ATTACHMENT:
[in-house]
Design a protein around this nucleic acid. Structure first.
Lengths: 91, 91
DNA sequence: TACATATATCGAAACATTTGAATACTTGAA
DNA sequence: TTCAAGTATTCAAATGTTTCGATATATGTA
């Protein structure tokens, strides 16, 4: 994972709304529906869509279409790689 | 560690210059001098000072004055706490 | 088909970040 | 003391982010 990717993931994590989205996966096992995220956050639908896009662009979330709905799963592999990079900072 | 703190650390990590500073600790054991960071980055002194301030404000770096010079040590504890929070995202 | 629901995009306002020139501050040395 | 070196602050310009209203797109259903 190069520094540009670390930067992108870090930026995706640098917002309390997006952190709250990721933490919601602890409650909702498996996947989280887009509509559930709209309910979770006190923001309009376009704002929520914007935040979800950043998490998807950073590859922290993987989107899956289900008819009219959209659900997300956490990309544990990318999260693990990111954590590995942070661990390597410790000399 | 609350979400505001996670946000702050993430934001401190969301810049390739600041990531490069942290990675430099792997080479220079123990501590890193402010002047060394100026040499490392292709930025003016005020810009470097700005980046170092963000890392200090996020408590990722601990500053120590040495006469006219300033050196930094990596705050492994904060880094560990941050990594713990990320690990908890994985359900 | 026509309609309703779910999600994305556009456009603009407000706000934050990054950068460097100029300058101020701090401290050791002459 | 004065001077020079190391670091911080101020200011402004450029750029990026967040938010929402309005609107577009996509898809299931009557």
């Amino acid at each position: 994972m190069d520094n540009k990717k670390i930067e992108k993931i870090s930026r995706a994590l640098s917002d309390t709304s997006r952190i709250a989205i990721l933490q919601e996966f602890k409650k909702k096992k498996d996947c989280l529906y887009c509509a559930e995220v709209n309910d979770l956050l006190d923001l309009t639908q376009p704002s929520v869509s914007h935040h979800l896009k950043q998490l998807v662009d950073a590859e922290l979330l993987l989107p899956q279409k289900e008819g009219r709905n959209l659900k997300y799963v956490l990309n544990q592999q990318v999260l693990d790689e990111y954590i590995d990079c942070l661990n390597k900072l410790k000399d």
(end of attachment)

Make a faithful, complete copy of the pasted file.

[in-house]
Design a protein around this nucleic acid. Structure first.
Lengths: 91, 91
DNA sequence: TACATATATCGAAACATTTGAATACTTGAA
DNA sequence: TTCAAGTATTCAAATGTTTCGATATATGTA
């Protein structure tokens, strides 16, 4: 994972709304529906869509279409790689 | 560690210059001098000072004055706490 | 088909970040 | 003391982010 990717993931994590989205996966096992995220956050639908896009662009979330709905799963592999990079900072 | 703190650390990590500073600790054991960071980055002194301030404000770096010079040590504890929070995202 | 629901995009306002020139501050040395 | 070196602050310009209203797109259903 190069520094540009670390930067992108870090930026995706640098917002309390997006952190709250990721933490919601602890409650909702498996996947989280887009509509559930709209309910979770006190923001309009376009704002929520914007935040979800950043998490998807950073590859922290993987989107899956289900008819009219959209659900997300956490990309544990990318999260693990990111954590590995942070661990390597410790000399 | 609350979400505001996670946000702050993430934001401190969301810049390739600041990531490069942290990675430099792997080479220079123990501590890193402010002047060394100026040499490392292709930025003016005020810009470097700005980046170092963000890392200090996020408590990722601990500053120590040495006469006219300033050196930094990596705050492994904060880094560990941050990594713990990320690990908890994985359900 | 026509309609309703779910999600994305556009456009603009407000706000934050990054950068460097100029300058101020701090401290050791002459 | 004065001077020079190391670091911080101020200011402004450029750029990026967040938010929402309005609107577009996509898809299931009557």
């Amino acid at each position: 994972m190069d520094n540009k990717k670390i930067e992108k993931i870090s930026r995706a994590l640098s917002d309390t709304s997006r952190i709250a989205i990721l933490q919601e996966f602890k409650k909702k096992k498996d996947c989280l529906y887009c509509a559930e995220v709209n309910d979770l956050l006190d923001l309009t639908q376009p704002s929520v869509s914007h935040h979800l896009k950043q998490l998807v662009d950073a590859e922290l979330l993987l989107p899956q279409k289900e008819g009219r709905n959209l659900k997300y799963v956490l990309n544990q592999q990318v999260l693990d790689e990111y954590i590995d990079c942070l661990n390597k900072l410790k000399d």